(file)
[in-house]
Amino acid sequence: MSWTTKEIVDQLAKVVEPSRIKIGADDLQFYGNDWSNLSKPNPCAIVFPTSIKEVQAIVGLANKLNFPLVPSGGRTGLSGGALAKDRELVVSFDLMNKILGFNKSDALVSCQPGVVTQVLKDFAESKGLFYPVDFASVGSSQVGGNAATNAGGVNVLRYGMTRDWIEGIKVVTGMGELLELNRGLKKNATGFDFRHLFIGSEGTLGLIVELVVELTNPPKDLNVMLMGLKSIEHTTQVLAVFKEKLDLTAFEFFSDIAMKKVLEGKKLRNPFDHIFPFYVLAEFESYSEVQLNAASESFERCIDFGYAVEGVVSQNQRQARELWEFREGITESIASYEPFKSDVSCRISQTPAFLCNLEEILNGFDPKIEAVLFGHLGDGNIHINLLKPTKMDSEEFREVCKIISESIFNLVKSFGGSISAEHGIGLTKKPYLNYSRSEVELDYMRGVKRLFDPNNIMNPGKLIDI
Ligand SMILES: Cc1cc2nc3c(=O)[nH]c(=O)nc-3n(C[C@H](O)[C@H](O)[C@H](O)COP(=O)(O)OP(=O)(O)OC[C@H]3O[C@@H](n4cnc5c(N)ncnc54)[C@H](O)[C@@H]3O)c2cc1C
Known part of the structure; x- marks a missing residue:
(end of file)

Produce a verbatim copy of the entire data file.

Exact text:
[in-house]
Amino acid sequence: MSWTTKEIVDQLAKVVEPSRIKIGADDLQFYGNDWSNLSKPNPCAIVFPTSIKEVQAIVGLANKLNFPLVPSGGRTGLSGGALAKDRELVVSFDLMNKILGFNKSDALVSCQPGVVTQVLKDFAESKGLFYPVDFASVGSSQVGGNAATNAGGVNVLRYGMTRDWIEGIKVVTGMGELLELNRGLKKNATGFDFRHLFIGSEGTLGLIVELVVELTNPPKDLNVMLMGLKSIEHTTQVLAVFKEKLDLTAFEFFSDIAMKKVLEGKKLRNPFDHIFPFYVLAEFESYSEVQLNAASESFERCIDFGYAVEGVVSQNQRQARELWEFREGITESIASYEPFKSDVSCRISQTPAFLCNLEEILNGFDPKIEAVLFGHLGDGNIHINLLKPTKMDSEEFREVCKIISESIFNLVKSFGGSISAEHGIGLTKKPYLNYSRSEVELDYMRGVKRLFDPNNIMNPGKLIDI
Ligand SMILES: Cc1cc2nc3c(=O)[nH]c(=O)nc-3n(C[C@H](O)[C@H](O)[C@H](O)COP(=O)(O)OP(=O)(O)OC[C@H]3O[C@@H](n4cnc5c(N)ncnc54)[C@H](O)[C@@H]3O)c2cc1C
Known part of the structure; x- marks a missing residue: